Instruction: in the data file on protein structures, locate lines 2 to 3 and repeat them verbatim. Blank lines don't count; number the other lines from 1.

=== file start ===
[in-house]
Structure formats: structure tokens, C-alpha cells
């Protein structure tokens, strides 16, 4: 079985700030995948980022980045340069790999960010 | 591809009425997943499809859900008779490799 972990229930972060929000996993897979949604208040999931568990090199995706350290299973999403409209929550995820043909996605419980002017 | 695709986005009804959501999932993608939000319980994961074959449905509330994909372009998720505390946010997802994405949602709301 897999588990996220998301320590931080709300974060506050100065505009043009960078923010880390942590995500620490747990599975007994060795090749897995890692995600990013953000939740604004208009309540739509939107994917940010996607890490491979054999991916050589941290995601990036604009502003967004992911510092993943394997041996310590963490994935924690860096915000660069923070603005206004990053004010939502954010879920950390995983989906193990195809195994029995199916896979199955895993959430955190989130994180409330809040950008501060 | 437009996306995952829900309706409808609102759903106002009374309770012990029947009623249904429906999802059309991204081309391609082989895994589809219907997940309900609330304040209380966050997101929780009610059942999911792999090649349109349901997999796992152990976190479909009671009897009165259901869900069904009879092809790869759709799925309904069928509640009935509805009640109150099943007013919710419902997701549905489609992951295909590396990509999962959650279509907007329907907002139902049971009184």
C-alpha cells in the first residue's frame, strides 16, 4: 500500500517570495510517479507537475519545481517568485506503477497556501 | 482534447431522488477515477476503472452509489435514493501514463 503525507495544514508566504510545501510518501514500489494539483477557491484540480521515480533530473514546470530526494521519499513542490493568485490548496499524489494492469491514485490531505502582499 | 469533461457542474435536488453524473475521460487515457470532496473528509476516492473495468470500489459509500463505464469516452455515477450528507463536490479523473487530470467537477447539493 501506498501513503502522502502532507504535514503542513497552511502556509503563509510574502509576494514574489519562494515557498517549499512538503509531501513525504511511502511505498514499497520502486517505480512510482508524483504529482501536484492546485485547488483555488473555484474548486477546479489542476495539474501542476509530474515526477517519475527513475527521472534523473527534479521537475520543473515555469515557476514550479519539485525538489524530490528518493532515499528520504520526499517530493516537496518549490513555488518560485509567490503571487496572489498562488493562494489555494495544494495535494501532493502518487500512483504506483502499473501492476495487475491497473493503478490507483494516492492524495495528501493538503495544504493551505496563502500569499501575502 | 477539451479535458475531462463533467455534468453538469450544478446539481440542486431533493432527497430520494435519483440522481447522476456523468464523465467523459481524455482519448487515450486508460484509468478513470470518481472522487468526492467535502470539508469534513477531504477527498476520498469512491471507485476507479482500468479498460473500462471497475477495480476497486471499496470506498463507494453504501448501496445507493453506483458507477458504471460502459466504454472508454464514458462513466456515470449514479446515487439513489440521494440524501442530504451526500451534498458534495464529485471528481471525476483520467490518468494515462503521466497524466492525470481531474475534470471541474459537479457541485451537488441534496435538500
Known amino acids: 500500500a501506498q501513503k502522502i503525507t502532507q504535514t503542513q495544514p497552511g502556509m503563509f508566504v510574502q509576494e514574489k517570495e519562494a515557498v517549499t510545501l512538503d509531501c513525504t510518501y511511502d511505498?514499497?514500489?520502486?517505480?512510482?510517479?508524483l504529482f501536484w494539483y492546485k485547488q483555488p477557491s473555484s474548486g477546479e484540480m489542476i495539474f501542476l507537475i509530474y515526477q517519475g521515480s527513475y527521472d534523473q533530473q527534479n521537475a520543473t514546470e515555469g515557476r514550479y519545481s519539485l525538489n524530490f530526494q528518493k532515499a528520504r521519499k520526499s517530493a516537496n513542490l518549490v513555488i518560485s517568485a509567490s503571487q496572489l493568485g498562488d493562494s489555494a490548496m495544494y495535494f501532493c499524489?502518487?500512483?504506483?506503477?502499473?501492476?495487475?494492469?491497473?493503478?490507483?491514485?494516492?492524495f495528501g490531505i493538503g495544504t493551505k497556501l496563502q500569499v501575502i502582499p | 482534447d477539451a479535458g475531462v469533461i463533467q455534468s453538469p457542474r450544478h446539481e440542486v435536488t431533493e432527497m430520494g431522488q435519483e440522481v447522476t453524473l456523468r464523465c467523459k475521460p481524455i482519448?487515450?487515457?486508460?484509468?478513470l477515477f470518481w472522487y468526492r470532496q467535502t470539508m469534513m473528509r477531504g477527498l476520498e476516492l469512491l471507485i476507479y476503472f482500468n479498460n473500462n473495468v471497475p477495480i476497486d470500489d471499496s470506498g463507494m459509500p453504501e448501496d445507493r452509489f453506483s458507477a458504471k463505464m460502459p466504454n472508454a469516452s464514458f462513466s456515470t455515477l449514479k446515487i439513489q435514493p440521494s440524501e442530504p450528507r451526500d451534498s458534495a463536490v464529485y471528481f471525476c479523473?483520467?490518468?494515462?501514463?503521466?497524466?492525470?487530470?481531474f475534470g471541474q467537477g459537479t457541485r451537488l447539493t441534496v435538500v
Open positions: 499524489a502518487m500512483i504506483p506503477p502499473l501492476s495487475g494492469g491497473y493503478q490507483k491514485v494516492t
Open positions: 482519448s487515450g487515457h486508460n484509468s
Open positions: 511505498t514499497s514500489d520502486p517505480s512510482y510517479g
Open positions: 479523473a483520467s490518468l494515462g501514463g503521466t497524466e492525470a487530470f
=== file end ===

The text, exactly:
Structure formats: structure tokens, C-alpha cells
């Protein structure tokens, strides 16, 4: 079985700030995948980022980045340069790999960010 | 591809009425997943499809859900008779490799 972990229930972060929000996993897979949604208040999931568990090199995706350290299973999403409209929550995820043909996605419980002017 | 695709986005009804959501999932993608939000319980994961074959449905509330994909372009998720505390946010997802994405949602709301 897999588990996220998301320590931080709300974060506050100065505009043009960078923010880390942590995500620490747990599975007994060795090749897995890692995600990013953000939740604004208009309540739509939107994917940010996607890490491979054999991916050589941290995601990036604009502003967004992911510092993943394997041996310590963490994935924690860096915000660069923070603005206004990053004010939502954010879920950390995983989906193990195809195994029995199916896979199955895993959430955190989130994180409330809040950008501060 | 437009996306995952829900309706409808609102759903106002009374309770012990029947009623249904429906999802059309991204081309391609082989895994589809219907997940309900609330304040209380966050997101929780009610059942999911792999090649349109349901997999796992152990976190479909009671009897009165259901869900069904009879092809790869759709799925309904069928509640009935509805009640109150099943007013919710419902997701549905489609992951295909590396990509999962959650279509907007329907907002139902049971009184």